Bankruptocracy August 13, 2018

Adults in the Room, Yanis Varoufakis’s account of his brief time as the finance minister of Greece, has all qualities of a tragedy. It is, Varoufakis writes,

“the story of what happens when human beings find themselves at the mercy of cruel circumstances that have been generated by an inhuman, mostly unseen network of power relations. This is why there are no ‘goodies’ or ‘baddies’ in this book. Instead, it is populated by people doing their best, as they understand it, under conditions not of their choosing. Each of the persons I encountered and write about in these pages believed they were acting appropriately, but, taken together, their acts produced misfortune on a continental scale. Is this not the stuff of authentic tragedy? Is this not what makes the tragedies of Sophocles and Shakespeare resonate with us today, hundreds of years after the events they relate became old news?”

But it’s hard to sustain the no-baddie claim as the book progresses. He describes the 2010 Greek bailout in stark terms: It was about “forcing new loans upon the bankrupt on condition that they shrink their income.”

Why force new loans on a bankrupt country? Because Greece’s creditors were the banks of France and Germany. If Greece went belly-up, so did the giant banks, and so did the EU. France and Germany convinced other European countries to contribute to the “bailout,” and then the French and German banks immediately started siphoning off money from Greece to repay their loans.

To cover their tracks, French and German banks brought in money from other European countries and from the International Monetary Fund: “of every €1000 handed over to Athens to be passed on to the French and German banks, Germany would guarantee €270, France €200, with the remaining €530 guaranteed by the smaller and poorer countries. This was the beauty of the Greek bailout, at least for France and Germany: it dumped most of the burden of bailing out the French and German banks onto taxpayers from nations even poorer than Greece, such as Portugal and Slovakia. They, together with unsuspecting taxpayers from the IMF’s cofunders such as Brazil and Indonesia, would be forced to wire money to the Paris and Frankfurt banks. Unaware of the fact that they were actually paying for the mistakes of French and German bankers, the Slovaks and the Finns, like the Germans and the French, believed they were having to shoulder another country’s debts.:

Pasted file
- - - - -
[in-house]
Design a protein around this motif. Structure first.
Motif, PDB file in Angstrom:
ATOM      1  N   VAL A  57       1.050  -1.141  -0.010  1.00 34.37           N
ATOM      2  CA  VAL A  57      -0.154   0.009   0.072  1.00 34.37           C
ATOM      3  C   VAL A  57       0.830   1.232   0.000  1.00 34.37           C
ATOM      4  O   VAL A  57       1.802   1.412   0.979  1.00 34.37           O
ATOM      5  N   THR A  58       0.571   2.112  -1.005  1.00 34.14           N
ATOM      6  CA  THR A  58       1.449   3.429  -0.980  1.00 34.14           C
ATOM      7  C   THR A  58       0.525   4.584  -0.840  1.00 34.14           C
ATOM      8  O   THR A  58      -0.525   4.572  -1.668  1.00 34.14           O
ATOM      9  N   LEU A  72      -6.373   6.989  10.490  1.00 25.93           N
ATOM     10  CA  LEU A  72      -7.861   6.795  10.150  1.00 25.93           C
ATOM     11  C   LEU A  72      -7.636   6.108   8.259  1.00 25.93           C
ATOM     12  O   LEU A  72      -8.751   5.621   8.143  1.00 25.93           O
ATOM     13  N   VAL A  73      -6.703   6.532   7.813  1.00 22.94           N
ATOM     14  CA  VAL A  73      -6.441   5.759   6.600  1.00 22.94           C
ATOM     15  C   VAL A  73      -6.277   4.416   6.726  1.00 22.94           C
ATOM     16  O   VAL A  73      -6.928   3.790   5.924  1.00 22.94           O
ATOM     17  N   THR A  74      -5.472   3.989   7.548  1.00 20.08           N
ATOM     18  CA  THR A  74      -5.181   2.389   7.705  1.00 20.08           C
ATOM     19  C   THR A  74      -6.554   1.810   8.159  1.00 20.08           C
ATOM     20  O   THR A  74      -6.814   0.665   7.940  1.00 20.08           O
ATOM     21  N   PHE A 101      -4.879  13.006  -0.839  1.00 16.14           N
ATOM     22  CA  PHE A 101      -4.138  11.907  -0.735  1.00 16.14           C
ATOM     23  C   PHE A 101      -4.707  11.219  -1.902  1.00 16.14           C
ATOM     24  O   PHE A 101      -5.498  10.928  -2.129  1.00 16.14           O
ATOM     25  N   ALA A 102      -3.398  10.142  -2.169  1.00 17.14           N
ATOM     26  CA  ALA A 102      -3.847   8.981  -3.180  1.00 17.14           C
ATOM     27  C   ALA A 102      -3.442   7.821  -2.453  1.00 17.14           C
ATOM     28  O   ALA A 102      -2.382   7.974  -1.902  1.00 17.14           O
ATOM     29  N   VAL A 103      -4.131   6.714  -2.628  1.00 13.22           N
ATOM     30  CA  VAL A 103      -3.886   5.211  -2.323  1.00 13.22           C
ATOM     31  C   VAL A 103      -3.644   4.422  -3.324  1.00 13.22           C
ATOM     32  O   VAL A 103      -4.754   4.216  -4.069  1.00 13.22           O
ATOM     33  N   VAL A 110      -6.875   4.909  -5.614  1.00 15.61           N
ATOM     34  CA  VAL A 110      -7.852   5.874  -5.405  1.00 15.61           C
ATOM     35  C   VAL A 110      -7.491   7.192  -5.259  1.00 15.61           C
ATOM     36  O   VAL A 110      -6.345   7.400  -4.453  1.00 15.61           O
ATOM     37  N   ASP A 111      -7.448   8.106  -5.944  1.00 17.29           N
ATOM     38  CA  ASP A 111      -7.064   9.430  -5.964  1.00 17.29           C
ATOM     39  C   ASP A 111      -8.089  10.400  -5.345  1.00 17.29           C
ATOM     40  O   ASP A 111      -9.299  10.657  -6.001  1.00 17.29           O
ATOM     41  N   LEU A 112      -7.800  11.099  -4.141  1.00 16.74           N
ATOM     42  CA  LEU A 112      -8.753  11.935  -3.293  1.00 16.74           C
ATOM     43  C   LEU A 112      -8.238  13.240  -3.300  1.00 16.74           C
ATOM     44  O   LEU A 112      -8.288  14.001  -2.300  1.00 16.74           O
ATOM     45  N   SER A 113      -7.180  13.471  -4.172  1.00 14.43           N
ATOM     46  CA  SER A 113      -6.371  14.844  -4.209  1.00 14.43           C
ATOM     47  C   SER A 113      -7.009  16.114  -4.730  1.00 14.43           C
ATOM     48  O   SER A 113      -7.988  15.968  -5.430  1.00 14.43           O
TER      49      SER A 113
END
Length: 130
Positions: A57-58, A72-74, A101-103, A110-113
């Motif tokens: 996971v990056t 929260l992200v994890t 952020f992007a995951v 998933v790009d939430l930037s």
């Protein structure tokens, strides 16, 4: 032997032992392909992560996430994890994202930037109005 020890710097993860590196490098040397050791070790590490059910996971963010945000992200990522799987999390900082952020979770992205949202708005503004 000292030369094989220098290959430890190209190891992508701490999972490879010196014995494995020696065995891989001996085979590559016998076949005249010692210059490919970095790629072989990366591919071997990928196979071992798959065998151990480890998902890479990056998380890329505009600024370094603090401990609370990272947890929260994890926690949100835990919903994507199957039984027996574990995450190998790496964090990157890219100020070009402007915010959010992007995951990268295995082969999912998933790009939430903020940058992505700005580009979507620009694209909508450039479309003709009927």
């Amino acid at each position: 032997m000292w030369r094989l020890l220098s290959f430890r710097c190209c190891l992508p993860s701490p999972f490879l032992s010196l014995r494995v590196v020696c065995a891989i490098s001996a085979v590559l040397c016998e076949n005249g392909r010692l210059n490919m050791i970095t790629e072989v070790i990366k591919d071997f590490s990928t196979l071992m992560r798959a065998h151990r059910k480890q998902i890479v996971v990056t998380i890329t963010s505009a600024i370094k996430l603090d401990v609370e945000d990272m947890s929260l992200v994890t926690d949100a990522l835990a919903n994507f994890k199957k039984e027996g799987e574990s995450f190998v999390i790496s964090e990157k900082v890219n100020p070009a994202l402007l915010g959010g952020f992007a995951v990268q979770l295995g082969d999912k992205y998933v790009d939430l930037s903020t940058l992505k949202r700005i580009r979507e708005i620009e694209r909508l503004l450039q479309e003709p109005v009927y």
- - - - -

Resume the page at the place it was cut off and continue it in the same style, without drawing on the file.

At least, some argue, Europe’s banks didn’t behave as badly as America’s. Varoufakis disagrees: “Europe’s banks were managed so atrociously in the years preceding 2008 that the inane bankers of Wall Street almost look good by comparison. When the crisis hit, the banks of France, Germany, the Netherlands and the UK had exposure in excess of $30 trillion, more than twice the United States national income, eight times the national income of Germany, and almost three times the national incomes of Britain, Germany, France and Holland put together. A Greek bankruptcy in 2010 would have immediately necessitated a bank bailout by the German, French, Dutch and British governments amounting to approximately $10,000 per child, woman and man living in those four countries. By comparison, a similar market turn against Wall Street would have required a relatively tiny bailout of no more than $258 per US citizen. If Wall Street deserved the wrath of the American public, Europe’s banks deserved 38.8 times that wrath.”

The European banking system was also designed to prevent the European Central Bank (ECB) from absorbing bad debt:

“Washington could park Wall Street’s bad assets on the Federal Reserve’s books and leave them there until either they started performing again or were eventually forgotten, to be discovered by the archaeologists of the future. Put simply, Americans did not need to pay even that relatively measly $258 per head out of their taxes. But in Europe, where countries like France and Greece had given up their central banks in 2000 and the ECB was banned from absorbing bad debts, the cash needed to bail out the banks had to be taken from the citizenry.”

This, he explains is “Europe’s establishment is so much keener on austerity than America’s or Japan’s. . . . It is because the ECB is not allowed to bury the banks’ sins in its own books, meaning European governments have no choice but to fund bank bailouts through benefits cuts and tax hikes.”

Thus Europe became a “bankruptocracy,” a regime in which “the more insolvent a banker was, especially in Europe, the greater his chances of appropriating large chunks of income from everyone else: from the hard-working, the innovative, the poor and of course the politically powerless.”

In the aftermath, the radicalization of European politics seems almost inevitable.

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